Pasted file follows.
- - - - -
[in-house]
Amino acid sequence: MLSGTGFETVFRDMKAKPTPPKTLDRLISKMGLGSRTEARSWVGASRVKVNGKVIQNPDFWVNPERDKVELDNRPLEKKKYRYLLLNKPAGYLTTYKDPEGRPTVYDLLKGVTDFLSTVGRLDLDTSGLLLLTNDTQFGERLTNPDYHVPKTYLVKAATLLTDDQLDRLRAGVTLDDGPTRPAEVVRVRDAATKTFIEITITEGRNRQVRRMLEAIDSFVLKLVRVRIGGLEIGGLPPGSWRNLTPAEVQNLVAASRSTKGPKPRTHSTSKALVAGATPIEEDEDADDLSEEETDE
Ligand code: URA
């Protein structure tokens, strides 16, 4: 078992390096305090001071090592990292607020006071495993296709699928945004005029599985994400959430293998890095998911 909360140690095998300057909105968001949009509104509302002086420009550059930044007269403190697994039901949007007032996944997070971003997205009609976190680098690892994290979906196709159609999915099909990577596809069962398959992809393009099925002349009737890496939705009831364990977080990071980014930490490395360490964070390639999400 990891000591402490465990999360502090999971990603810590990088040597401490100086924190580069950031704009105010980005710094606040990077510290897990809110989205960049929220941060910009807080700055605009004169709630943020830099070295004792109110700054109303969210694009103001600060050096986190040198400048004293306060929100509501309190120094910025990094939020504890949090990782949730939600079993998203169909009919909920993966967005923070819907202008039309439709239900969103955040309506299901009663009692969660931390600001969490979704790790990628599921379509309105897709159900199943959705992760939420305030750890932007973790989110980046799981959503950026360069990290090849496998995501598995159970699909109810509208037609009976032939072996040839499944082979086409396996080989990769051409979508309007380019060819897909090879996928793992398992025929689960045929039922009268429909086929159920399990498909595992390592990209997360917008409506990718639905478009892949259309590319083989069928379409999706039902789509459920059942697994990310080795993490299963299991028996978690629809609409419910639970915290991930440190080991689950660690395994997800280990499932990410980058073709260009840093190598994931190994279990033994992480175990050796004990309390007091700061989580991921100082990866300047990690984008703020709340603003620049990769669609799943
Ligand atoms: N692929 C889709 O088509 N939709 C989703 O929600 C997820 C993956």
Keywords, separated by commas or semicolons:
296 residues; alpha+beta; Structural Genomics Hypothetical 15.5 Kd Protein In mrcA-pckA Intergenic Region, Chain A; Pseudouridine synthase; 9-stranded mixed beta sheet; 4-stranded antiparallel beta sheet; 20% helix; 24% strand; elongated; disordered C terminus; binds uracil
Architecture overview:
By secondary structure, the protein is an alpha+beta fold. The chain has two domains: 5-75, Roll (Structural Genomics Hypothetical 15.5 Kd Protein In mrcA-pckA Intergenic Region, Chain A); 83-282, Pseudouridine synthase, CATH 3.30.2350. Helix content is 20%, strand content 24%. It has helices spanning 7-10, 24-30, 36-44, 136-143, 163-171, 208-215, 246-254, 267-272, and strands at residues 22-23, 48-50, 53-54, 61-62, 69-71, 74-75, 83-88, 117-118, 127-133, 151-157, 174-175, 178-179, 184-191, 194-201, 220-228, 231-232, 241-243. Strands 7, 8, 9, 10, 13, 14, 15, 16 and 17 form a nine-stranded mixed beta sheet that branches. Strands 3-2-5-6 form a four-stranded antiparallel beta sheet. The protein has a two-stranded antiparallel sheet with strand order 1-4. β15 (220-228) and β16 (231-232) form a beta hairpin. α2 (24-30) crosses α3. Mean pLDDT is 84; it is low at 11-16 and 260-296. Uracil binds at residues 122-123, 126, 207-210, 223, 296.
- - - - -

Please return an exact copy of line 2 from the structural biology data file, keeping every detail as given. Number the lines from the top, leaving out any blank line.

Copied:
Amino acid sequence: MLSGTGFETVFRDMKAKPTPPKTLDRLISKMGLGSRTEARSWVGASRVKVNGKVIQNPDFWVNPERDKVELDNRPLEKKKYRYLLLNKPAGYLTTYKDPEGRPTVYDLLKGVTDFLSTVGRLDLDTSGLLLLTNDTQFGERLTNPDYHVPKTYLVKAATLLTDDQLDRLRAGVTLDDGPTRPAEVVRVRDAATKTFIEITITEGRNRQVRRMLEAIDSFVLKLVRVRIGGLEIGGLPPGSWRNLTPAEVQNLVAASRSTKGPKPRTHSTSKALVAGATPIEEDEDADDLSEEETDE